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Safe TypeScript Aseem Rastogi University of Maryland, College Park

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1 Safe TypeScript Aseem Rastogi University of Maryland, College Park
End of Internship Talk Joint work with: Nikhil Swamy (RiSE, Internship mentor), Cédric Fournet (MSRC), Gavin Bierman (Oracle), Panagiotis Vekris (UCSD)

2 TypeScript Gradually typed superset of JavaScript (www. typescriptlang
TypeScript Gradually typed superset of JavaScript (www.typescriptlang.org) "Strong tools for large applications" "Static checking, symbol-based navigation, statement completion, code refactoring" "TypeScript offers classes, modules, and interfaces to help you build robust components" "Compiled into simple JavaScript" Compared to JavaScript, this is a great leap forward!

3 But Typing JavaScript is Hard ! For all its dynamic idioms
TypeScript (like Dart and Closure) gives up soundness, intentionally Types are uniformly erased when compiling to JavaScript E.g. casts are unchecked Unsound type erasure is beneficial Lightweight codegen (highly readable JavaScript output) Performance identical to plain JavaScript Types don’t get in the way of good programmers But it also has its disadvantages TypeScript components are not robust

4 (Un-)Robustness of TypeScript Components
Type safety violation Client: Client: function client(Iterator<number> it) { it["index"] = true; } function client(it) { it["index"] = true; } Provider: Provider: interface Iterator<A> { next(): A } var x = { state:[..], index:0, next() { return state[index++]; } }; client(x); //client:Iterator<number> => void var x = { state:[..], index:0, next() { return state[index++]; } }; client(x); TypeScript JavaScript TypeScript compiler

5 (Un-)Robustness of TypeScript Components
Abstraction violation Client: Client: function client(Iterator<number> it) { (<any> it).index = -1; } function client(it) { it.index = -1; } Provider: Provider: interface Iterator<A> { next(): A } var x = { state:[..], index:0, next() { return state[index++]; } }; client(x); //client:Iterator<number> => void var x = { state:[..], index:0, next() { return state[index++]; } }; client(x); TypeScript JavaScript TypeScript compiler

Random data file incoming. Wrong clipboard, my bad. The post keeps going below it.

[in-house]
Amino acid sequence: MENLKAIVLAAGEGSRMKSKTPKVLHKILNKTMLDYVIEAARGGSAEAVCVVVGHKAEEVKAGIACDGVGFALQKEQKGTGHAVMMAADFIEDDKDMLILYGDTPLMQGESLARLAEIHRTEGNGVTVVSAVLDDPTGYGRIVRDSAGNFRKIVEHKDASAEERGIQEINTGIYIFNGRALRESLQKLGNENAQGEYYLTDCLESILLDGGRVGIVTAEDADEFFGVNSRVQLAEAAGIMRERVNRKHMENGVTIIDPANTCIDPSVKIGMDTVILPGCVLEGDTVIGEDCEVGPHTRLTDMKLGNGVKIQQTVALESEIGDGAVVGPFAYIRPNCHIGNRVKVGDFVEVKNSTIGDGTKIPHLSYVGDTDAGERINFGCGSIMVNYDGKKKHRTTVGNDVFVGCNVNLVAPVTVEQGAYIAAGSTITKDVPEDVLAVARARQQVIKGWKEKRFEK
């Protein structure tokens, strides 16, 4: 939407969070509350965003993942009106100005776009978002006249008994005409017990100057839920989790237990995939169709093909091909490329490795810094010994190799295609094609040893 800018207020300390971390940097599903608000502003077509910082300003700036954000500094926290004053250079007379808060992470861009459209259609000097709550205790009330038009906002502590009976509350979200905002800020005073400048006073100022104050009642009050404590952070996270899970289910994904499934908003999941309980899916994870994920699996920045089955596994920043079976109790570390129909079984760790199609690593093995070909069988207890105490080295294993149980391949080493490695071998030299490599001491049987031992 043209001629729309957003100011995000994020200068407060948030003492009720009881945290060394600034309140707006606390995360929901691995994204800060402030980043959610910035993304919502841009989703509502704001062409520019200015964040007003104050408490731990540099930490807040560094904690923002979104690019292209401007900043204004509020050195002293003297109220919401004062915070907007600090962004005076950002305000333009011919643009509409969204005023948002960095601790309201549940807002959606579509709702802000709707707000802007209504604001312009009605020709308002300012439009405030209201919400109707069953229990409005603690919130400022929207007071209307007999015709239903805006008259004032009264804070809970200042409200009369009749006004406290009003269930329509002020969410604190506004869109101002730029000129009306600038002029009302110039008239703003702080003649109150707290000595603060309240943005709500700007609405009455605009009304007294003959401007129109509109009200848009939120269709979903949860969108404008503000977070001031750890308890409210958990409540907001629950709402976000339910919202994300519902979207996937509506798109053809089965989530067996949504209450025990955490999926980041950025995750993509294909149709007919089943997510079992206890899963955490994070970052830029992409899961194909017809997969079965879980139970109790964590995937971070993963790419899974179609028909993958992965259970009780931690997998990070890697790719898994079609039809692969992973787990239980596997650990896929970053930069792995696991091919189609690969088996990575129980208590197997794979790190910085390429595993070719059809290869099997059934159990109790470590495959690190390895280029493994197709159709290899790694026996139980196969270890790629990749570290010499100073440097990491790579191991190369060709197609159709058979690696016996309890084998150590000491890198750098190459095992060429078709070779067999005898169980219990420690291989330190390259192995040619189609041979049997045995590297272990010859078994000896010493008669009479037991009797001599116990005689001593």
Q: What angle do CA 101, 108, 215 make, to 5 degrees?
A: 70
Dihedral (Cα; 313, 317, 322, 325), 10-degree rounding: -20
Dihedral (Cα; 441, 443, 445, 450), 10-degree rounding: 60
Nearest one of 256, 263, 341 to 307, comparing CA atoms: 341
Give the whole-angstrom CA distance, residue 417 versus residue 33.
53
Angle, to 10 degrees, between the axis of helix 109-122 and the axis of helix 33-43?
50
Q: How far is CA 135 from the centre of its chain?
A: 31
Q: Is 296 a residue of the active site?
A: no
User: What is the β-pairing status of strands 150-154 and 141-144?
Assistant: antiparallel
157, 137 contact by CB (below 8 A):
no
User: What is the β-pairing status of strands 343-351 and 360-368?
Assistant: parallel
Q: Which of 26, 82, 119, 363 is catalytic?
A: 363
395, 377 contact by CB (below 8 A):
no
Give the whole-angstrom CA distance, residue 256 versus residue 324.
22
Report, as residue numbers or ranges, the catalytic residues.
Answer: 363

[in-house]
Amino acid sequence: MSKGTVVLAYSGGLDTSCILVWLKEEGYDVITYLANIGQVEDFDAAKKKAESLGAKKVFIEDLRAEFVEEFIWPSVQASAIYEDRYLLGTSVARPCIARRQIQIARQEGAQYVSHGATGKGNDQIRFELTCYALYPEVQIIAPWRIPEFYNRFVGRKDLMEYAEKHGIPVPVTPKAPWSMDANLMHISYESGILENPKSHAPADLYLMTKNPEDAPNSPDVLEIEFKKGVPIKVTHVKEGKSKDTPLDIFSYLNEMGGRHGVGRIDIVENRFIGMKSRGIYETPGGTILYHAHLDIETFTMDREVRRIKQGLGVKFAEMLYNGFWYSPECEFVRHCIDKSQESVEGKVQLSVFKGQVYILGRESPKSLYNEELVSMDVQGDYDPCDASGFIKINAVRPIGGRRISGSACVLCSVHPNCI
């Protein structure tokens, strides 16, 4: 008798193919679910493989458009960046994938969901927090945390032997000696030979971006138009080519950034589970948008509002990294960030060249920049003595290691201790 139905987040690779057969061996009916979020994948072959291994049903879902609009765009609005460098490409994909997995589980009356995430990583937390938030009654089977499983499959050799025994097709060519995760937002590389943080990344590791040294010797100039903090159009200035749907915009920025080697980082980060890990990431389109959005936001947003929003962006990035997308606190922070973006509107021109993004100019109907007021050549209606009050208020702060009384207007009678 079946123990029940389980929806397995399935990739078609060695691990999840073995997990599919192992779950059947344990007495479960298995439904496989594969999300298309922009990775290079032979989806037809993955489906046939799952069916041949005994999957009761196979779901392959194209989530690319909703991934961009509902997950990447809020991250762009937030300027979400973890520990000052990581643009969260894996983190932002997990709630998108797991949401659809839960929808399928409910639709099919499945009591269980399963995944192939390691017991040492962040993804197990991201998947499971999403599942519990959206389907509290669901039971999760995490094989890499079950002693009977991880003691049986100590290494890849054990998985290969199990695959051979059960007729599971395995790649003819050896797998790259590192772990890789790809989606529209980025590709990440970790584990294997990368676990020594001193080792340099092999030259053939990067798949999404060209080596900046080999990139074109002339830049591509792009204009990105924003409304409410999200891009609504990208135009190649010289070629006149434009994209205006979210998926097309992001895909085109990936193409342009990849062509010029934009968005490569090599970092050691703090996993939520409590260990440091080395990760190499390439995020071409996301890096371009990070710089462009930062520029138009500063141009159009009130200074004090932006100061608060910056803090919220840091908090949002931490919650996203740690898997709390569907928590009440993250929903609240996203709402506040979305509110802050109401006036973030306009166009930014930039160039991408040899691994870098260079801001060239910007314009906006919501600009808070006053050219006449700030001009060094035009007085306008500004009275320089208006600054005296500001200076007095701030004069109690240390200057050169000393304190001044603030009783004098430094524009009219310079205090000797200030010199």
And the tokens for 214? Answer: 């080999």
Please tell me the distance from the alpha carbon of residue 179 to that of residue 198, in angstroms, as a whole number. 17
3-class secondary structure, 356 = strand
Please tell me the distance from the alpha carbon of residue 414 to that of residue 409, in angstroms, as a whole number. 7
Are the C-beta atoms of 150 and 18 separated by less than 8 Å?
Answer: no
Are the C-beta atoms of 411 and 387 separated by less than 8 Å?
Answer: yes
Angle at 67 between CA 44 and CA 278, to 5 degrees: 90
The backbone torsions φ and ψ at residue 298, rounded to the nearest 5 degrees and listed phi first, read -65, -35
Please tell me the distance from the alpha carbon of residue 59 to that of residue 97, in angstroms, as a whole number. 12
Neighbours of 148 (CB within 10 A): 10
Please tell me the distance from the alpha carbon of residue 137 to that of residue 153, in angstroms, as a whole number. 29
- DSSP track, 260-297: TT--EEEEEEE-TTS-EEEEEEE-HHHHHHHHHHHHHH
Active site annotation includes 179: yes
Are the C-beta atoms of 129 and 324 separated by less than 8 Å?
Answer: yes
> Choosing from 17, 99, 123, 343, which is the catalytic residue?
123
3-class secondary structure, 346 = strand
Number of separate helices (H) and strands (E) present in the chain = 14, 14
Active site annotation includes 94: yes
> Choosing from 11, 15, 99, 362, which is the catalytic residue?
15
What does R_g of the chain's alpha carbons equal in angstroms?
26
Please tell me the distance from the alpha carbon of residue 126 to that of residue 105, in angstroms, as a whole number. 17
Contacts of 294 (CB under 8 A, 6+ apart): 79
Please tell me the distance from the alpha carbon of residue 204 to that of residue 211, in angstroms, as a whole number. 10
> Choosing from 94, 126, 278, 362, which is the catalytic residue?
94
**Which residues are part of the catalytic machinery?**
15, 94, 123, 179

6 Safe TypeScript Sound and efficient gradual typing is possible for idiomatic TypeScript Sound typing is beneficial Finds type errors early Found and fixed 478 type errors in TypeScript compiler, 1 functional correctness bug in NavierStokes, a heavily tested Octane benchmark Provably robust components But it also has its cost A runtime performance penalty Ranging from 6% to 3x on 118,000 lines of code in 8 applications (details follow) Need to understand subtle corners of JS semantics and our type system

7 TypeScript type inference
TypeScript Workflow function f(x:any):number { return x.f; } function f(x):number { app.ts tsc app.ts TypeScript type inference TypeScript parsing JavaScript emitting function f(x) { app.js Syntactic errors Static diagnostic basic type errors

8 Safe TypeScript Workflow Fully integrated into TypeScript v0. 9
Safe TypeScript Workflow Fully integrated into TypeScript v0.9.5 as an optional compiler flag function f(x:any):number { return x.f; } function f(x):number { app.ts tsc --safe app.ts TypeScript type inference TypeScript parsing Safe TypeScript type checking & instrumentation return RT.check(RT.Num, RT.read(x, "f")); JavaScript emitting function f(x) { app.js inconsistent subtyping implicit downcast from any variables not in scope unsafe use of this projecting methods as fields Static diagnostics Syntactic errors Static diagnostic basic type errors

9 Highlights of The Type System